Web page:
Two Days, two No-Hitters?


Two Days, two No-Hitters?

95 years ago today (and 108 years after Cy Young tossed the American League's first perfect game), the White Sox began a six-game series in St. Louis against the Browns. Saturday's game pitted Eddie Cicotte (on his way to a 28-win season for the Sox) against Ernie Koob (in the midst of a 23-win career). This is called ironic foreshadowing. At the end of the day, Koob had a 1-0 no-hitter; the unearned run coming on an error by Swede Risberg (Cicotte and Risberg weren't throwing games quite yet).

Sunday's doubleheader offered a chance for the Sox to reverse their fortunes. Unfortunately in Game 1, the Browns had their way with starter Reb Russell. Bob Groom pitched two no-hit innings in relief of spitballer Allan Sothoron to mop up an 8-4 St. Louis win, and he was only getting started. The 6'2" native of Belleville, Ill., went back to the mound to start Game 2 and delivered a 3-0 complete game no-hitter against "Butcher Boy" Joe Benz (who tossed a no-no of his own in 1914) and Pants Rowland's Southsiders.

It was a sweet weekend for Browns manager Fielder Jones, with three impressive wins against his former team (Jones played with the Sox 1901-08; managed from 1904-08). Unfortunately for the Brownies, at 11-8, three games over .500 would be their high water mark of the season, and they finished 57-97. Koob (6-14) and Groom (8-19) finished a combined 14-33.

As for the White Sox, their record stood at a mediocre 11-10. But they left St. Louis with a split after winning the next three. They didn't look back; they won 19 of their next 21, finished 100-54, and beat the Giants in the World Series.

As Joaquin Andujar said when asked for one word that describes baseball: "You never know."

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Bulls physicality a new wrinkle from last season

Bulls physicality a new wrinkle from last season

College teammates Jimmy Butler and Jae Crowder made plans to go to dinner after Thursday’s game in Chicago but for a few short moments they weren’t just competitors but unexpected combatants, getting tangled up in the second quarter.

There looked to be some harsh words exchanged after Butler took a charge on an unsuspecting Crowder near three-quarter court, with Crowder putting the basketball in Butler’s chest while Butler was still on the floor, causing players on both teams to convene for some tense moments.

Celtics guard Isaiah Thomas got involved and then before Butler could blink, Bulls guard Rajon Rondo joined the proceedings, as pushing and shoving ensued before technical fouls were assessed to both teams after an officials’ review.

If one wondered whether these Bulls—a team that touts itself as young with so many players having three years or less professional experience—could play with some bark and bite, perhaps the season opener provided a bit of a positive preview for the next 81 games.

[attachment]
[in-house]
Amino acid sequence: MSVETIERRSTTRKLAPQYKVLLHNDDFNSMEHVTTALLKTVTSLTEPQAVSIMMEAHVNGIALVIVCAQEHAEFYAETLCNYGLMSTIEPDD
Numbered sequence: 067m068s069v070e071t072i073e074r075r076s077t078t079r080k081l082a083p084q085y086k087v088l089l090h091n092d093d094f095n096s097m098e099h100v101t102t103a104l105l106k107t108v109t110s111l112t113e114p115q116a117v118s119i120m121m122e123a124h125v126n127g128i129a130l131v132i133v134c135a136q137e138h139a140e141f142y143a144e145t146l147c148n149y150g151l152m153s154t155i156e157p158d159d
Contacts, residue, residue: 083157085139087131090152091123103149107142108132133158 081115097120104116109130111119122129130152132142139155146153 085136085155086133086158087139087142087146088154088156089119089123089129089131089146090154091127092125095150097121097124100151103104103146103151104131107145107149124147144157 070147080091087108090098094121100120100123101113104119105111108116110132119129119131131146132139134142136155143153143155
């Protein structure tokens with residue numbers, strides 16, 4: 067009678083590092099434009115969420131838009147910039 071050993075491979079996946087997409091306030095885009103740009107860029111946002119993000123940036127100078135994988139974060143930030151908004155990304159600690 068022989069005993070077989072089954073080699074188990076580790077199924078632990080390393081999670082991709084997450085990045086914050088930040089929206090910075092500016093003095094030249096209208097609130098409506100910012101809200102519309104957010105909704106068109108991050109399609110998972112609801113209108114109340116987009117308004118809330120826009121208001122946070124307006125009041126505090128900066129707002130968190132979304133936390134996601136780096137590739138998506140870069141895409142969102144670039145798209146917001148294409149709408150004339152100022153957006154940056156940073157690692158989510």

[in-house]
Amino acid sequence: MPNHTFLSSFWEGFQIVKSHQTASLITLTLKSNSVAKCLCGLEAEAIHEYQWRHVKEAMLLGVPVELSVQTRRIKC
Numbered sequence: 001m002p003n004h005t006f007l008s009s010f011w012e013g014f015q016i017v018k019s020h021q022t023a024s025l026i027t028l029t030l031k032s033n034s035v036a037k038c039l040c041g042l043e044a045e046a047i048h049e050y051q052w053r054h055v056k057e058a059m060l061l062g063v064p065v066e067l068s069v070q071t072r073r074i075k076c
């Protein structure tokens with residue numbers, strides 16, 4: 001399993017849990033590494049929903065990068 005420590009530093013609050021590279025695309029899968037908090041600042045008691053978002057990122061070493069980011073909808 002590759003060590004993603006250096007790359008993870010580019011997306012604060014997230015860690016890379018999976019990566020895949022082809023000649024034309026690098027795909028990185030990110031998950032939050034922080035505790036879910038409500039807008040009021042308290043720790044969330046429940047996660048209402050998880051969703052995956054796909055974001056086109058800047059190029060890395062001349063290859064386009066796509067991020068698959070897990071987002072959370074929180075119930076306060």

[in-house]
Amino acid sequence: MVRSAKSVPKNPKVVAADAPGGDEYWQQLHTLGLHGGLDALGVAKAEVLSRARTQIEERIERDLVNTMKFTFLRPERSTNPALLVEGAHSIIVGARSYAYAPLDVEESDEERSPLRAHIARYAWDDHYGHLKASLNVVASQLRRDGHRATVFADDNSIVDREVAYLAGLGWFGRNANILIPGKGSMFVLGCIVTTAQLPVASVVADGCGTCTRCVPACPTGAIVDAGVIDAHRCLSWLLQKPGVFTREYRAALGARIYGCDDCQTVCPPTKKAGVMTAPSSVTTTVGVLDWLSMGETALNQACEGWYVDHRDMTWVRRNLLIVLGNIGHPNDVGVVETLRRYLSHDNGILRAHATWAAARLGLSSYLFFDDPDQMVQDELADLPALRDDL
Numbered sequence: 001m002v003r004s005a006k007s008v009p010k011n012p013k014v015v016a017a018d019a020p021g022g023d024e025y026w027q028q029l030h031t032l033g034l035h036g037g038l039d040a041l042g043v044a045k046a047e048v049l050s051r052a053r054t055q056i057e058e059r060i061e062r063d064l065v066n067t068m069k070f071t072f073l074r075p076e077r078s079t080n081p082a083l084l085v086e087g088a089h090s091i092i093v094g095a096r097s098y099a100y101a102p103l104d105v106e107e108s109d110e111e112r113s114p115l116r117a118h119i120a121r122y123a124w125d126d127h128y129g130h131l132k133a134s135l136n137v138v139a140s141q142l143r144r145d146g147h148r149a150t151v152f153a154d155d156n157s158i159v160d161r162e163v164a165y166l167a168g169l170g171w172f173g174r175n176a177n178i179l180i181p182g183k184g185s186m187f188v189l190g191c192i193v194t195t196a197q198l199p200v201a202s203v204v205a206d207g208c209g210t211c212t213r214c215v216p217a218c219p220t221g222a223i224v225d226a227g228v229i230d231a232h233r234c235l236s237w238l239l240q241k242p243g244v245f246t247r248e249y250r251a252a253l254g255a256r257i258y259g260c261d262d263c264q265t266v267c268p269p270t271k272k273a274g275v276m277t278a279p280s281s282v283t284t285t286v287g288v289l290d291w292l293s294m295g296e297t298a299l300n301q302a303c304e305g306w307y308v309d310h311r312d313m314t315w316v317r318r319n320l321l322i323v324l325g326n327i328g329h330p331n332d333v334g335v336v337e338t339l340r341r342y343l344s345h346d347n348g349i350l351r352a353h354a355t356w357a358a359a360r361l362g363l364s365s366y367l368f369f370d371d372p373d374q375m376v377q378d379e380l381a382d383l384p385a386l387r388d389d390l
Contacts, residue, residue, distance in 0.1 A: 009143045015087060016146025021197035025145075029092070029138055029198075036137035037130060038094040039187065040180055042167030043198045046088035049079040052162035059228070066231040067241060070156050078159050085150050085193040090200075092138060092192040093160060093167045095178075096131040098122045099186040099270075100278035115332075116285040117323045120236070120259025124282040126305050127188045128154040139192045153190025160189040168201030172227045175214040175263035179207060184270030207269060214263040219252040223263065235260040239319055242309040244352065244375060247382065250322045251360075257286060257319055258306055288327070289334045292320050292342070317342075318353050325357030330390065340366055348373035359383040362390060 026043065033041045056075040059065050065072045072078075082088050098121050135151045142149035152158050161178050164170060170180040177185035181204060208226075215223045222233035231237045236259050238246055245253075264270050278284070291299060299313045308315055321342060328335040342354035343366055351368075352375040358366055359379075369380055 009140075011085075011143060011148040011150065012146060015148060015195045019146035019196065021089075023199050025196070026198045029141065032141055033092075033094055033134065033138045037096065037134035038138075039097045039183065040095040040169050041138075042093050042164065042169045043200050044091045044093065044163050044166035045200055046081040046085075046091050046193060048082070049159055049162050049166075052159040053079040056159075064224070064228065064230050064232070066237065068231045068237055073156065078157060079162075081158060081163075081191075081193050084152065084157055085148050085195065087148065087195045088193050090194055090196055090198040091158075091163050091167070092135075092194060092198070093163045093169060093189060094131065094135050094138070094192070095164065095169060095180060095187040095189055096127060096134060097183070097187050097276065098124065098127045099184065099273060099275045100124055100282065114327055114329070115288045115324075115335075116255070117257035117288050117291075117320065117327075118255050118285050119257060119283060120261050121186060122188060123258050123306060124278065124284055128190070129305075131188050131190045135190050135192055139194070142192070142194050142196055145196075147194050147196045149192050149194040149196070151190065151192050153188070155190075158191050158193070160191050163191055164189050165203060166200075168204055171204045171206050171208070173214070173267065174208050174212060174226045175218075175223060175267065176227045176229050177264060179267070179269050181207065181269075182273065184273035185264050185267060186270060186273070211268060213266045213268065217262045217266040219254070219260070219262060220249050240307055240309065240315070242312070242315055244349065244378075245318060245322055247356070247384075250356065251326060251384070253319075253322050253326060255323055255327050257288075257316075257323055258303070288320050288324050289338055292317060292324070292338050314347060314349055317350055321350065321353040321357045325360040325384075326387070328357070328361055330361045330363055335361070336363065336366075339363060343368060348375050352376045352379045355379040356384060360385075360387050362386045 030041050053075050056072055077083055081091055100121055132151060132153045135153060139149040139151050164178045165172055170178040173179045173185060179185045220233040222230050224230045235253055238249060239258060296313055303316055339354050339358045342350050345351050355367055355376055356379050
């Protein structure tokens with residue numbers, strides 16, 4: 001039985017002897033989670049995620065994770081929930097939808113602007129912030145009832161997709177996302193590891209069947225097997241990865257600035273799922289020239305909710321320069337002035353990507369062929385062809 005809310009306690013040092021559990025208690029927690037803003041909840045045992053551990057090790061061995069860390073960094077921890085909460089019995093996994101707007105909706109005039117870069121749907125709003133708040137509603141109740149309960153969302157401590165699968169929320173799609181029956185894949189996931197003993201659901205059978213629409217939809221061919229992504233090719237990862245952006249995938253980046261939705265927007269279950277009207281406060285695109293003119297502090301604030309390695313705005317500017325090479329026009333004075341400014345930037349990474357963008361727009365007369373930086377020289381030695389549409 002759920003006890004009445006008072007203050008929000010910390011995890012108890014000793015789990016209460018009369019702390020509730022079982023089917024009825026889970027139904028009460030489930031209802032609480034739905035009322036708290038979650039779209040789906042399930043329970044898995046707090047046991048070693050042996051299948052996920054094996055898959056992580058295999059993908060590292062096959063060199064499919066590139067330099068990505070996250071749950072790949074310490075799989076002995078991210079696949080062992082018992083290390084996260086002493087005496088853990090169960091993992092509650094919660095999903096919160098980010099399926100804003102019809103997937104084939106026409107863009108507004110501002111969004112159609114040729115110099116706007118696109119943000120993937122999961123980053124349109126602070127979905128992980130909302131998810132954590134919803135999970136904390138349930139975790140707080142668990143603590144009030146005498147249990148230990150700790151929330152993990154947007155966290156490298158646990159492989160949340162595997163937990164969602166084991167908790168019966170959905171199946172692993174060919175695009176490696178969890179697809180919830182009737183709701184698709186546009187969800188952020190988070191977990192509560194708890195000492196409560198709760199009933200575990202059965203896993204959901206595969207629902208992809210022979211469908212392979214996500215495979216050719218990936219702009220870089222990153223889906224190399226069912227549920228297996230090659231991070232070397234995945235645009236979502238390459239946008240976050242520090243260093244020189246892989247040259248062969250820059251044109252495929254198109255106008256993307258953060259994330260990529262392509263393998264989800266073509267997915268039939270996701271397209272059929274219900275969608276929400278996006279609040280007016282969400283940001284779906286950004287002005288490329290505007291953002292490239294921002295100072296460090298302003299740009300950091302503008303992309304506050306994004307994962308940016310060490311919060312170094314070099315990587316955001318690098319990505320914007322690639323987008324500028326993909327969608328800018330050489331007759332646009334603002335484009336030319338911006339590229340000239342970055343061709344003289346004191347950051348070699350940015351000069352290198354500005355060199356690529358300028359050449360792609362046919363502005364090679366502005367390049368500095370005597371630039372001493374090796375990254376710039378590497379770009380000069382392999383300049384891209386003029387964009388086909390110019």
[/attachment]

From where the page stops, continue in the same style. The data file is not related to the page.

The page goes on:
Nearby, an unbothered Dwyane Wade took a practice 3-point shot, much to the delight of the United Center crowd, as observers witnessed the first sign of tangible proof the Bulls have intentions on regaining a bit of an edge on the floor.

Wade joked and took it as a sign of respect between the two teams.

“It looked like it, right? Yeah. It was a little something out there,” said Wade when asked if there was some chippy play. “Every time we play them it’s gonna be like that. Two teams finding their way in the Eastern Conference. We know we gotta see each other a lot. They never give up. They can be down 30 with 15 seconds left and they’re still gonna fight.”

The Bulls have externally preached toughness from the start of camp. Although Wade didn’t participate in that meeting of the minds, he isn’t exactly running away from such matters.
And Rajon Rondo is competitively ornery enough to have his voice hard no matter the setting.

[SHOP: Gear up, Bulls fans!]

“It’s been a big theme of practice,” Bulls coach Fred Hoiberg said. “We want to play with physicality and toughness. I think it was evident on the glass tonight.”

Yes, the Bulls outrebounded the Celtics by 19, but that could’ve been a by-product of the Bulls’ crashing the offensive glass on a porous shooting night. And yes, the slightly tense moment between Butler and Crowder probably won’t be an expected occurrence.

But when’s the last time one had multiple examples to dissect to discern this team’s level of toughness—or lack thereof.

“That’s something to show that the guys are out there fighting for each other,” Hoiberg said. “That they were playing with an edge. It happens with this game. You have to be competitive.”

Competition boiled over slightly, but considering the NBA isn’t exactly UFC, one doesn’t have to do much to display a little physical resolve.

“The fact that nothing escalated was good,” Hoiberg said. “The fact that those guys are out there and playing for each other and have each other’s back, that’s a huge thing right now.”

Too many times last season, it seemed the Bulls would submit in situations like those. Not that they were particularly soft, but it didn’t appear they had the collective will to fight for one another if an altercation arose.

Half the time, they looked like they could barely stand to be in the room with each other.

“It’s people’s will to win. Not saying a bad thing about anybody from last year,” Butler said. “To tell you the truth, I study the game and put in a lot of work but Rondo studies the game a lot. Every time I’m in the gym, he’s in the gym. That lets me know, these (dudes) are going to war with you. Every day. When I hit that deck, Rondo was right there. I wanna play with guys that’s gonna play hard, that’s gonna fight.”

And it didn’t take long for Butler to realize he has at least a couple teammates willing to jump in the foxhole with him.